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News

Critical Update Requires Fast Action To Prevent Vulnerabilities From Being Exploited

Lumension Security : 14 October, 2010  (Technical Article)
Lumension is predicting that cyber criminals will be hard at work attacking unpatched computers after record number of vulnerabilities identified in patch updates from Microsoft and Oracle
Microsoft has released 16 patches to fix an unprecedented 49 vulnerabilities in its products, including Windows, Internet Explorer, MS-Office and Microsoft Word 2010. This comes on the same day that Oracle released patches for 81 vulnerabilities.

Alan Bentley, SVP International at Lumension, commented: "The release of 130 vulnerabilities on the same day is like giving gold dust to the hacking community. The moment a vulnerability is disclosed cyber criminals get to work developing exploit code to take advantage of the identified holes. With the significant number of holes identified on the same day, businesses will be racing against time to fix them all.

"Not only is this Microsoft's largest patch load on record, but 23 of the vulnerabilities are rated at the most severe level on its exploitability index. With level one warning that exploit code could be crafted in such a way that an attacker could consistently exploit that vulnerability, the urgency is placed on applying these fixes. The patch that computer users should pay particular attention to is the cumulative security update, MS10-071, for Internet Explorer. If exploited, computer users could hand over control of their computer systems by simply clicking on a specifically crafted web page .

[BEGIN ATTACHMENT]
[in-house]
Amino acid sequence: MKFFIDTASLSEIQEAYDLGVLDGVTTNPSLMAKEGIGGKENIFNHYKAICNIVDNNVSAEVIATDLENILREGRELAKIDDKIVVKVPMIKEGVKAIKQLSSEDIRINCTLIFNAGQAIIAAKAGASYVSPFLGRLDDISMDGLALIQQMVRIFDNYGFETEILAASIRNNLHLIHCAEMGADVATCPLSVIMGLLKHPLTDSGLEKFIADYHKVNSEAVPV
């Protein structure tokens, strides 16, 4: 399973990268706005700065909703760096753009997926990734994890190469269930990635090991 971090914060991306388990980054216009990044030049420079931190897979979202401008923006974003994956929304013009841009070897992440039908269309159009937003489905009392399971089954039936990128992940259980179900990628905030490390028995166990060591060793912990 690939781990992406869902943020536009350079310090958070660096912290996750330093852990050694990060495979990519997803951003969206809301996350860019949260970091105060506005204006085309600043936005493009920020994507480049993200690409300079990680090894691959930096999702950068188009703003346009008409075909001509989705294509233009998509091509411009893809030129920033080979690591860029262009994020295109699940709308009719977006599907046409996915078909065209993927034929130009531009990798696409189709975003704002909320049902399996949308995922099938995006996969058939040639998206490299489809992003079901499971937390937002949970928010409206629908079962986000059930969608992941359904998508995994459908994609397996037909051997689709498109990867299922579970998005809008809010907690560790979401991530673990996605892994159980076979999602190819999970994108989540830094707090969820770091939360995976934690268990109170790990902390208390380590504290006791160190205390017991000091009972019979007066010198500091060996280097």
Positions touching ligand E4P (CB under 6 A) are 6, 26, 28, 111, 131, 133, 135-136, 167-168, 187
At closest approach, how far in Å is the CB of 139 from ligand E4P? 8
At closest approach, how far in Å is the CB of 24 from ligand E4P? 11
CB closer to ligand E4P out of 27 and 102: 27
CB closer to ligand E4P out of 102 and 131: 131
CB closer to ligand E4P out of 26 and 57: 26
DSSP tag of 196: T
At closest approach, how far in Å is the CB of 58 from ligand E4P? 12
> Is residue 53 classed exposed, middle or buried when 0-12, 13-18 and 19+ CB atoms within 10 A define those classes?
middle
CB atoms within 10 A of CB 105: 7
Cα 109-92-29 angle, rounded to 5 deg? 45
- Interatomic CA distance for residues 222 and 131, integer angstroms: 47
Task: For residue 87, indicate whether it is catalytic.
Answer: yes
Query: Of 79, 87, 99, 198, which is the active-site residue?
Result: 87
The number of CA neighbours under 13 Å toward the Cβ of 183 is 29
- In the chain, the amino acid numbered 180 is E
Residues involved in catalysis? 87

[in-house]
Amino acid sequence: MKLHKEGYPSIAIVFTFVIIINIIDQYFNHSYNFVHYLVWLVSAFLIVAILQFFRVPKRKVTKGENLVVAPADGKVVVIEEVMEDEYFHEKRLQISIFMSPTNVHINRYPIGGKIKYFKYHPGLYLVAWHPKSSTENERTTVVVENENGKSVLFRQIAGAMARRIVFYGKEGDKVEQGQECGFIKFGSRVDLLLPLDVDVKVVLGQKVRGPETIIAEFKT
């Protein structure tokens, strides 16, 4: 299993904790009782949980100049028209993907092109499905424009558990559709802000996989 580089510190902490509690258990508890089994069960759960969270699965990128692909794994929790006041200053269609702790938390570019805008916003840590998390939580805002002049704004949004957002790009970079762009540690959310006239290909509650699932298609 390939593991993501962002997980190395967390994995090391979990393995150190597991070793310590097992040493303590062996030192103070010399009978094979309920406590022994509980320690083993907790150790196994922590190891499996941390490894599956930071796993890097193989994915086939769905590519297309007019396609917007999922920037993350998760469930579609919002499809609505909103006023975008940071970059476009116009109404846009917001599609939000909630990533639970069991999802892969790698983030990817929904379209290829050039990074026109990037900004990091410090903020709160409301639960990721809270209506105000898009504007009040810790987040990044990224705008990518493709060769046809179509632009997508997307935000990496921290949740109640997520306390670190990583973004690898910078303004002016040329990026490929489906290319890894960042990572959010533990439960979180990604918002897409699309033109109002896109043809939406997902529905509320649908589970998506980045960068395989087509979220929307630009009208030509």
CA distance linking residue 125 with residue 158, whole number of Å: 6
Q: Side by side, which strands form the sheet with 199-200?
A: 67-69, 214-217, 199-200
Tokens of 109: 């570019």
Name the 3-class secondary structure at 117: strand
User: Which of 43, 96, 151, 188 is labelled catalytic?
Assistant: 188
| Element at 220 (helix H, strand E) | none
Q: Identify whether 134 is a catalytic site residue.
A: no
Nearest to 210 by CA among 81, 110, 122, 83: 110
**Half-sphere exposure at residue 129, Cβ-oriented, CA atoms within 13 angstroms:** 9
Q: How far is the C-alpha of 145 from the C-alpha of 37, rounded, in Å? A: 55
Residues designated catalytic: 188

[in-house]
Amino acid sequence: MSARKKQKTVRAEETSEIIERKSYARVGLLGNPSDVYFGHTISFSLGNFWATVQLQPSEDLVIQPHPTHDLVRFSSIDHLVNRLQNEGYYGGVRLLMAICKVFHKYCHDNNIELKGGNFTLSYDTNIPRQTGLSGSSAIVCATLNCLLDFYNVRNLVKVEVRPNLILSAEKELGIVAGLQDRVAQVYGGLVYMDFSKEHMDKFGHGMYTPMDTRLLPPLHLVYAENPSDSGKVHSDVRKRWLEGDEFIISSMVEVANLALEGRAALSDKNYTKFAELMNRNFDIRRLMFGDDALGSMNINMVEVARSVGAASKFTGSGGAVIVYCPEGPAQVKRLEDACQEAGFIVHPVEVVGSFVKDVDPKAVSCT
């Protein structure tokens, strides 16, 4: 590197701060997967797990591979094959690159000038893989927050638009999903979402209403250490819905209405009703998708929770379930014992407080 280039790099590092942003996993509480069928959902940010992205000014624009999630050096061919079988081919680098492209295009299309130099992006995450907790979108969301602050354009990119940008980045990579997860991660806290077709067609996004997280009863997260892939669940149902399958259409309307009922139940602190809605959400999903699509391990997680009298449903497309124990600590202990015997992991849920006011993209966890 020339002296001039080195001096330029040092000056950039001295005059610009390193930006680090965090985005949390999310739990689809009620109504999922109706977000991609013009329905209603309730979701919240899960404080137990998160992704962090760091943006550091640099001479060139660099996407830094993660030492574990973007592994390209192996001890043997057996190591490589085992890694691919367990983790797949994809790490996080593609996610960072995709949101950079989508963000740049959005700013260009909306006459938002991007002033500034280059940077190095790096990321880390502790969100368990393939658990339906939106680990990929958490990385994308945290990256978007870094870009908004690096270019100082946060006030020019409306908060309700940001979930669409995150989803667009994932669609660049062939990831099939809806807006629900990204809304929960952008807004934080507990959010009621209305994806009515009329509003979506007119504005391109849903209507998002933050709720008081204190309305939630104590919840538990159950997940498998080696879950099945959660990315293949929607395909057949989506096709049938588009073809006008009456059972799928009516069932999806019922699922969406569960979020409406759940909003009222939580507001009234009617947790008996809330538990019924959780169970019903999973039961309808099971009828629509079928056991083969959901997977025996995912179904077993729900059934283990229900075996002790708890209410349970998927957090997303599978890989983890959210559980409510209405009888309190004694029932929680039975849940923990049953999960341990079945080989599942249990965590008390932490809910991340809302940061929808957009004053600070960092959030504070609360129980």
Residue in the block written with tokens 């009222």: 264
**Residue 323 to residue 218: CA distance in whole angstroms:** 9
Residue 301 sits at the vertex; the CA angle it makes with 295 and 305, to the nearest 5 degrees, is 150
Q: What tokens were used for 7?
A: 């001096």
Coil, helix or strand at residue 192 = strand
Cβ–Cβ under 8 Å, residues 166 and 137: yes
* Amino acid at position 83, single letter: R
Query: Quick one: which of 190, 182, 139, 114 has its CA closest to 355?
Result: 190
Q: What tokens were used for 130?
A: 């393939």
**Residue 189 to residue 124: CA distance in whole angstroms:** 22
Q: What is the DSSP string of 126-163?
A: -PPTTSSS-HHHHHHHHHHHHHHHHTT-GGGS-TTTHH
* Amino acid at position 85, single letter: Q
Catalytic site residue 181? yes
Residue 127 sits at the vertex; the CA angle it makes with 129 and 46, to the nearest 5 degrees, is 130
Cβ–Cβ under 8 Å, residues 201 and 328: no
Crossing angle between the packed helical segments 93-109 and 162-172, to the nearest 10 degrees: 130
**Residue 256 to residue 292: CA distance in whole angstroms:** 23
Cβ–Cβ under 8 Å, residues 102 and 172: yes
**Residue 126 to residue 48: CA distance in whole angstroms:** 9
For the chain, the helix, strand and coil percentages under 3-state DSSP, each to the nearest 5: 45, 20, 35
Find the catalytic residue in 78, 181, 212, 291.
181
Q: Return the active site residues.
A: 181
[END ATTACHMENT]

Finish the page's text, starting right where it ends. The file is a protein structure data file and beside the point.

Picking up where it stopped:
"Also in the bag of patches is a fix for one of the three vulnerabilities exploited by the Stuxnet attack. MS10-073 addresses the Win32k Keyboard Layout Vulnerability, which hands over administrator rights on infected PCs.

"The most challenging thing for businesses when patches are released is to shut the open doors to their computer systems, before the hacker works out how to walk through them. But the process isn't as easy as clicking a button for big businesses. Patches effectively change a network and any change has the potential to knock over their IT systems. Organisations need to test the patches against their specific network makeup before they apply them, to ensure they don't interrupt their business. '
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